Imaggeo on Mondays: The Crossroads of Flood and Drought

Imaggeo on Mondays: The Crossroads of Flood and Drought

This picture was taken on the way back from collecting field measurements at the Lordsburg Playa in southwestern New Mexico, USA. The setting sun highlights the contrast between the dry, cracked soil and the standing water from antecedent rainfall.

A playa is a flat topographic depression in arid or semi-arid regions that contains a large amount of deposited sediment. When the surface of the playa is dry, this deposited sediment is exposed and at risk of being entrained into the atmosphere by wind.

With an extent of approximately 250 square kilometers, Lordsburg Playa is a dust ‘hot spot’ in the southwestern Unites States. Dust events originating from the playa are normally small, but they can contain high dust concentrations and occur frequently during the dry season in spring.

The Lordsburg Playa is of particular interest to the local population, as the interstate highway I-10 crosses over the region. Under windy conditions, dust emissions from the playa can drastically reduce visibility on the highway and cause severe traffic accidents.

In October 2016, I went on a one-week field trip to the playa, installing a temporary measurement site to study local dust emission mechanisms. At that time, parts of the playa were still flooded from summer monsoon precipitation. During the field trip, we observed a local, but strong dust event. The event started in the morning and peaked at around 9:00 am when visibility was reduced to a few meters for a short time. Fortunately, the dust was blown northward during this event and the highway was not affected. Visibility recovered shortly after, but small-scale dust phenomena such as dust plumes and dust devils occurred almost continuously during most of the day.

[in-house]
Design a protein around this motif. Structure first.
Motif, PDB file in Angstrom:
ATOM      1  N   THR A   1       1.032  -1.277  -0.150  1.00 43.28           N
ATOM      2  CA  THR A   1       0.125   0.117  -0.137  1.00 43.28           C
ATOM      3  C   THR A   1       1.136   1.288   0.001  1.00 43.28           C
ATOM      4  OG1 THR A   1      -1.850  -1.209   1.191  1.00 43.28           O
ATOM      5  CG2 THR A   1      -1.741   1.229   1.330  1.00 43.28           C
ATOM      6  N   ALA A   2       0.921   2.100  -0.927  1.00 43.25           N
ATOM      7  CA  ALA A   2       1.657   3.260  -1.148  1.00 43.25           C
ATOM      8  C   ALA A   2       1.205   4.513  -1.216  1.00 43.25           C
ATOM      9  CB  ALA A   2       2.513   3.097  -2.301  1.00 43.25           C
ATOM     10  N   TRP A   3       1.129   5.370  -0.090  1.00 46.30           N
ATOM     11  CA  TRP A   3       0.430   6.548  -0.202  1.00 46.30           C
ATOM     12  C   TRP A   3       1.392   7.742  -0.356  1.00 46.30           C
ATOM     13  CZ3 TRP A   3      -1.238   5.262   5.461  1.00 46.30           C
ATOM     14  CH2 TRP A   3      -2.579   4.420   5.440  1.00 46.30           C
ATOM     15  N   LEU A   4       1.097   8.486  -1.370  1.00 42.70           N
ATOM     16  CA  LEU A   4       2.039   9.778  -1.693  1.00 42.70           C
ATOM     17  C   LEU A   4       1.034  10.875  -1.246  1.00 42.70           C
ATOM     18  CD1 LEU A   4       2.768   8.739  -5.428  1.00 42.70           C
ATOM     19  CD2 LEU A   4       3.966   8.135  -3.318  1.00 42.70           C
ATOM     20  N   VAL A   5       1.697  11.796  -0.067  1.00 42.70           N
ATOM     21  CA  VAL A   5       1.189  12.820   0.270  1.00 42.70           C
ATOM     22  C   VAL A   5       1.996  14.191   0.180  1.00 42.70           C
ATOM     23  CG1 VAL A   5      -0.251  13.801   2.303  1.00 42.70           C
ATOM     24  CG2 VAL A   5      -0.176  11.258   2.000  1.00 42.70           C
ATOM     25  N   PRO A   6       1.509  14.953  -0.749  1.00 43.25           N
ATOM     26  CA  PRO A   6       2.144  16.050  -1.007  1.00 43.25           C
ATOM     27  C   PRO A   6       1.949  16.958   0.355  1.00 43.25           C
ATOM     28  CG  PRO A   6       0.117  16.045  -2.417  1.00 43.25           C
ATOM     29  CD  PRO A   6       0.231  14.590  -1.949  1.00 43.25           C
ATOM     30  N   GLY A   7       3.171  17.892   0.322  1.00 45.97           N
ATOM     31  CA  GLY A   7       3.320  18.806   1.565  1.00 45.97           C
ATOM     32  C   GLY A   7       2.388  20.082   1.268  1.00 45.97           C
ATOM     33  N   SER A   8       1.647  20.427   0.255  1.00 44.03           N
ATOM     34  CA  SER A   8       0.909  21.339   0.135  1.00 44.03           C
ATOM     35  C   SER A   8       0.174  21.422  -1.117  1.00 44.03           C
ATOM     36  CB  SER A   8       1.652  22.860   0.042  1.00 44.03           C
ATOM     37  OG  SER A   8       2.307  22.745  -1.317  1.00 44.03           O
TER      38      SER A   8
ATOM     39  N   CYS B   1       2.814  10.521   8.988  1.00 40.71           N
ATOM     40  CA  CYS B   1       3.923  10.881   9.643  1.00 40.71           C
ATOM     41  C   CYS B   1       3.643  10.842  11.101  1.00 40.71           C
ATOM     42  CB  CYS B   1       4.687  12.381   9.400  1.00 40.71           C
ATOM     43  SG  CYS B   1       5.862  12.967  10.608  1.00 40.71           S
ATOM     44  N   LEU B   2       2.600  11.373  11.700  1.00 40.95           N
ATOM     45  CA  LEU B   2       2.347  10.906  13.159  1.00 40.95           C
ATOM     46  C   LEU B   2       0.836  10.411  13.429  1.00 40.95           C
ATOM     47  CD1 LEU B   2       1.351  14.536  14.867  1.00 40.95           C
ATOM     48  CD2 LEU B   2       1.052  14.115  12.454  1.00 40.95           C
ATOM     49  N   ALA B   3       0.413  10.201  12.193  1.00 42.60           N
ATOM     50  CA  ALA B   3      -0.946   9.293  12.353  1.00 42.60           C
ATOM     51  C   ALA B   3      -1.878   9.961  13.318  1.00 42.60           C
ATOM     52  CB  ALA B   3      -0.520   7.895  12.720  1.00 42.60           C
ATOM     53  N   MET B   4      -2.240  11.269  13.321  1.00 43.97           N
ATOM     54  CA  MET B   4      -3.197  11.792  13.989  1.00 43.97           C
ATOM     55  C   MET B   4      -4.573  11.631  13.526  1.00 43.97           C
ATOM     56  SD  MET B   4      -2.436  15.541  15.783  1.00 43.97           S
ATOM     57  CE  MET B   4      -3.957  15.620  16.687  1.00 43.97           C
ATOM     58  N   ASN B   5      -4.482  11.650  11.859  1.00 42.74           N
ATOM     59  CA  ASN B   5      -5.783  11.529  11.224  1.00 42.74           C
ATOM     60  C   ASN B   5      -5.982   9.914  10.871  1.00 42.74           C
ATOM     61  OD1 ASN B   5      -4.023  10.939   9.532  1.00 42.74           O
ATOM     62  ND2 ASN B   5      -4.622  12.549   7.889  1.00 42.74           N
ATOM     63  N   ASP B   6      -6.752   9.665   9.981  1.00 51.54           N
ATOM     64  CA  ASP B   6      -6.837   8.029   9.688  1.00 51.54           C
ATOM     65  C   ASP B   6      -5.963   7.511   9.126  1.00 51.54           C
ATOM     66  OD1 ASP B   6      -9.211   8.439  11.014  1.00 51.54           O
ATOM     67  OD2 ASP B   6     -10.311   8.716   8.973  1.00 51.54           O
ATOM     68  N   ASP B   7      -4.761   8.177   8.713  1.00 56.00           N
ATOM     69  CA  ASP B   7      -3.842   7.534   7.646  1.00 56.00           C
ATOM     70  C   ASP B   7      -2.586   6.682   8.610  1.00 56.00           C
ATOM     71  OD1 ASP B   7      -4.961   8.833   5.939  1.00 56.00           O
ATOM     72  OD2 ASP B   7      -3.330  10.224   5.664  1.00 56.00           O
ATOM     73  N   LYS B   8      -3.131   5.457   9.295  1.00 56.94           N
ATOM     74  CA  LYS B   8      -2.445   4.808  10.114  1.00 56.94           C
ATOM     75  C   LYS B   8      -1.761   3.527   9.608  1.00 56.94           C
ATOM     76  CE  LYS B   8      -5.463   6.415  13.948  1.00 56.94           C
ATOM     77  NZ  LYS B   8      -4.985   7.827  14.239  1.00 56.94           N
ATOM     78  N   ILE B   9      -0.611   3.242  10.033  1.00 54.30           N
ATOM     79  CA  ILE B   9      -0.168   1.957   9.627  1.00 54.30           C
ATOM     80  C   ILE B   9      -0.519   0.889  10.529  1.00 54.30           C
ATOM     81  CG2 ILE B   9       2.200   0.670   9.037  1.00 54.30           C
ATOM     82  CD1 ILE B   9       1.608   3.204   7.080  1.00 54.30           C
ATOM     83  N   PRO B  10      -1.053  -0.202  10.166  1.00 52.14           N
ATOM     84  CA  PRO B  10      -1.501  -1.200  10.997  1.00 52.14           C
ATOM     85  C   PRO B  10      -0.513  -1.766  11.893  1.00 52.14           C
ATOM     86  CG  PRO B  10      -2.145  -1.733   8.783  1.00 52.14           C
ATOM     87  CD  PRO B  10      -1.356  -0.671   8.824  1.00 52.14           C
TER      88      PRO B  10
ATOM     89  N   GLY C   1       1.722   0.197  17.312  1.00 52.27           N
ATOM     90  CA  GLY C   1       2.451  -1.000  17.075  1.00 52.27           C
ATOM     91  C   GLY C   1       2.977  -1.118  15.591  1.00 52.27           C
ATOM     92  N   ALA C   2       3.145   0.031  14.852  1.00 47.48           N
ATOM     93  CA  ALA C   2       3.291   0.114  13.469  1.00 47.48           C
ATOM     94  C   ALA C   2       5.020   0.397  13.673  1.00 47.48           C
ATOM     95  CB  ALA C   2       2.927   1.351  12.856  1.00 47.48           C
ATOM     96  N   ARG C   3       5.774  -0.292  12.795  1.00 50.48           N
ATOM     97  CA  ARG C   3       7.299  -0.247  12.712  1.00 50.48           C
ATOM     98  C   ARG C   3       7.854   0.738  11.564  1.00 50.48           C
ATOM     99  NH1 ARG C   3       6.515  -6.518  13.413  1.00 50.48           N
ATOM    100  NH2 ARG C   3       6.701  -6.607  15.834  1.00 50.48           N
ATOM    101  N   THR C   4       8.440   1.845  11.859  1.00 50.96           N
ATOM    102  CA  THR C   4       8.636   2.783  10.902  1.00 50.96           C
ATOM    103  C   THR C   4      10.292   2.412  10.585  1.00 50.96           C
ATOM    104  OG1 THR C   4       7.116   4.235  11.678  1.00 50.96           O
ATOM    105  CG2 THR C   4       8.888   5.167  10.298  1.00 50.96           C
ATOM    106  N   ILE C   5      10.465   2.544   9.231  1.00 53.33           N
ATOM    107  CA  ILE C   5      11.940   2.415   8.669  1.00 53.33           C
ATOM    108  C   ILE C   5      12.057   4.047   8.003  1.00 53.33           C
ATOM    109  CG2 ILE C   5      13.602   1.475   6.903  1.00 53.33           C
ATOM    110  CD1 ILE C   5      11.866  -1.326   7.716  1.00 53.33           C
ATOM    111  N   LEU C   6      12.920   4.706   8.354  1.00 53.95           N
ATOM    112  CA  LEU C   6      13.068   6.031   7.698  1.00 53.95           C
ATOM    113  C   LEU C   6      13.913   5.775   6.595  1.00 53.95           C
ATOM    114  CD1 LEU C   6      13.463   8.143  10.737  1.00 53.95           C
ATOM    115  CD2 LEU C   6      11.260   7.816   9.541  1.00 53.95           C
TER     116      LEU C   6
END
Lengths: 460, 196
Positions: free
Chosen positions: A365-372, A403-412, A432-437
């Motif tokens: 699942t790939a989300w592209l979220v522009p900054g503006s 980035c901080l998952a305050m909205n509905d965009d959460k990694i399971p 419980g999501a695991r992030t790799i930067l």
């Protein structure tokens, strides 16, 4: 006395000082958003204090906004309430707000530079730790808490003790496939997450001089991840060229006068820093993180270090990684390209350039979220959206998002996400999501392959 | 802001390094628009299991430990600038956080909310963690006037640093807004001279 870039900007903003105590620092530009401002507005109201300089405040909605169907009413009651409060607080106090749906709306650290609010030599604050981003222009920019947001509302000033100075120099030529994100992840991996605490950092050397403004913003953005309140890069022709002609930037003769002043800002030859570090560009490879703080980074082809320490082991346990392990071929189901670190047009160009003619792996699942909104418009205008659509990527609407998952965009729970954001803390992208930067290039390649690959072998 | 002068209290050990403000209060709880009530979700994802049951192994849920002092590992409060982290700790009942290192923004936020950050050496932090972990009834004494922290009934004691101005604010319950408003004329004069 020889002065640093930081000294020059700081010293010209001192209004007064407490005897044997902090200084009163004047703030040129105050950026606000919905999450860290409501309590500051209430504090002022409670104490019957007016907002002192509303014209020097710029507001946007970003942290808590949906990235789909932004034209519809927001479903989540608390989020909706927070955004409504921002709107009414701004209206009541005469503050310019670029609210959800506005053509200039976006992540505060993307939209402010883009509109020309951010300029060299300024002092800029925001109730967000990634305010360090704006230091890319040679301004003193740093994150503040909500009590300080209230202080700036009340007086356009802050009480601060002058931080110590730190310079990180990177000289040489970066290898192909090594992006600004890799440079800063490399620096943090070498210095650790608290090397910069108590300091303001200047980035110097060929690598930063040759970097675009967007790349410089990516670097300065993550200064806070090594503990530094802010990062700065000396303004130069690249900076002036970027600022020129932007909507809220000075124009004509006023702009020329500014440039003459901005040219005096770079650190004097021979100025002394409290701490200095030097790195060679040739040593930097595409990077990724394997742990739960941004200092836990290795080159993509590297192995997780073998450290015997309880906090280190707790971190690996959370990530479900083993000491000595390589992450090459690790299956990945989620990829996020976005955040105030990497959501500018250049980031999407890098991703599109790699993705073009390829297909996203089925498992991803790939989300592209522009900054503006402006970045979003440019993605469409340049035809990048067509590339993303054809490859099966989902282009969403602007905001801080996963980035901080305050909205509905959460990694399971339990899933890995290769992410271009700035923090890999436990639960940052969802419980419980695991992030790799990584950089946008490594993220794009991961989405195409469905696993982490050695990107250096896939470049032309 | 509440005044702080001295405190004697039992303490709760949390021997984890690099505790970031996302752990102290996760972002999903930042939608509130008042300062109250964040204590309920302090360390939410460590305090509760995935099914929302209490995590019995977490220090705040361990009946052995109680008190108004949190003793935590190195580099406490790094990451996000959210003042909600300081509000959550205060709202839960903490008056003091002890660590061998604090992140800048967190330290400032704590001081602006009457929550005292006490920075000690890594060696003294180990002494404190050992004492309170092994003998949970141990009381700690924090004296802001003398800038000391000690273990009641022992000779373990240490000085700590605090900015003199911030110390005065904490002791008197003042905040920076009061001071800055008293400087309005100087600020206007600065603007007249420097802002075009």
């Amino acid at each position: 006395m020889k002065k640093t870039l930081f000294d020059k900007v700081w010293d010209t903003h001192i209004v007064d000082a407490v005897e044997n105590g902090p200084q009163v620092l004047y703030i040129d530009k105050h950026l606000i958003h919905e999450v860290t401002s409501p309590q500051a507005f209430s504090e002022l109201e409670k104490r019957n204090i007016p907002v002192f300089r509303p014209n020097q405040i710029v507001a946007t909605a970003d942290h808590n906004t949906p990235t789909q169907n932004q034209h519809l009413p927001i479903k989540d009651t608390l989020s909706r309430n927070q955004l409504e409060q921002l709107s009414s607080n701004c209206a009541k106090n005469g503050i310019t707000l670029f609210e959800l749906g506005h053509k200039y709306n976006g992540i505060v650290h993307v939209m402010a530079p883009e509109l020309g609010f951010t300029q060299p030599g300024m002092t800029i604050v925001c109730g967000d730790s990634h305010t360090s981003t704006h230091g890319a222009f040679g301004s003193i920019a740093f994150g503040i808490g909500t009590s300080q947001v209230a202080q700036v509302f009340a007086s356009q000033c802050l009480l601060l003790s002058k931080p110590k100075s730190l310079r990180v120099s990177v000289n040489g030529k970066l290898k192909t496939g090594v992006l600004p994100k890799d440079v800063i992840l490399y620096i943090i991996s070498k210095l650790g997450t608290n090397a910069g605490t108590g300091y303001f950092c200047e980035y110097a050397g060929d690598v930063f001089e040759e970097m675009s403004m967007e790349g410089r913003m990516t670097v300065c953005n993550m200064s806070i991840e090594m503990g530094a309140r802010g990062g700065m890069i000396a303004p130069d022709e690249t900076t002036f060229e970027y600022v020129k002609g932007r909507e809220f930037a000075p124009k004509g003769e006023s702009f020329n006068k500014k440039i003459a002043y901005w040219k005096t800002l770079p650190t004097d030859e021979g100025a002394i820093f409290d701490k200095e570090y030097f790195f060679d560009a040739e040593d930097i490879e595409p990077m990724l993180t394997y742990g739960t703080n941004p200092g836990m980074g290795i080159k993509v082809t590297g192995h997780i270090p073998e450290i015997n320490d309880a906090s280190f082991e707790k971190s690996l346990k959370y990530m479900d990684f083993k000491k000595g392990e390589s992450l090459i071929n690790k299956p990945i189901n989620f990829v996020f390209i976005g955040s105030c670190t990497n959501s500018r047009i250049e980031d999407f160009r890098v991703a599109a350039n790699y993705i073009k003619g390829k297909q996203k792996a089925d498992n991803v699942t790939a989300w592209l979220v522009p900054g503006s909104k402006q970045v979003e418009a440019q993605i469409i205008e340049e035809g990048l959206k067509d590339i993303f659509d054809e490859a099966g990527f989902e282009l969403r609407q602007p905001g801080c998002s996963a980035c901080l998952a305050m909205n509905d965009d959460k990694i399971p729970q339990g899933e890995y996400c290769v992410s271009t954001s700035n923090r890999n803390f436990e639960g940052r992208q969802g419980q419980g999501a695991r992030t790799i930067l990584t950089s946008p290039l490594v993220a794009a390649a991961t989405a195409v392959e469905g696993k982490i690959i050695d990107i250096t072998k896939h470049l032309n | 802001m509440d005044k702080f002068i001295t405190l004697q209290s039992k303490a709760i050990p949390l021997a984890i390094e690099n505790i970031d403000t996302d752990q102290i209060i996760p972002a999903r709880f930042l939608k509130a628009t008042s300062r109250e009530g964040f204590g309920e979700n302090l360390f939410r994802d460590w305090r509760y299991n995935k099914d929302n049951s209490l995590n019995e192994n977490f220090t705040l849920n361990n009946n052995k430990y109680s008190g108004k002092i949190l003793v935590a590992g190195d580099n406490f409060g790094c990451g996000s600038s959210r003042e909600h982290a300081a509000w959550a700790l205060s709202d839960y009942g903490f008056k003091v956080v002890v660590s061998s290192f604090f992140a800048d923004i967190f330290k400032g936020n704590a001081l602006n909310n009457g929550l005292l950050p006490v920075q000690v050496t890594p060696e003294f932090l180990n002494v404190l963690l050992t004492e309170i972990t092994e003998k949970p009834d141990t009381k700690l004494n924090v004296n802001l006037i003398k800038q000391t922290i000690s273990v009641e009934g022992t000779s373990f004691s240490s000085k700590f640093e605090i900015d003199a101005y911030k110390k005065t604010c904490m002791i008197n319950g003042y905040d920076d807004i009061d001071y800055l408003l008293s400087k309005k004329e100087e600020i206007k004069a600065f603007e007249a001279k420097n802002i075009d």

By Martina Klose, a post-doctoral researcher at the Barcelona Supercomputing Center (BSC) in Spain

Imaggeo is the EGU’s online open access geosciences image repository. All geoscientists (and others) can submit their photographs and videos to this repository and, since it is open access, these images can be used for free by scientists for their presentations or publications, by educators and the general public, and some images can even be used freely for commercial purposes. Photographers also retain full rights of use, as Imaggeo images are licensed and distributed by the EGU under a Creative Commons licence. Submit your photos at

This guest post was contributed by a scientist, student or a professional in the Earth, planetary or space sciences. The EGU blogs welcome guest contributions, so if you've got a great idea for a post or fancy trying your hand at science communication, please contact the blog editor or the EGU Communications Officer to pitch your idea.

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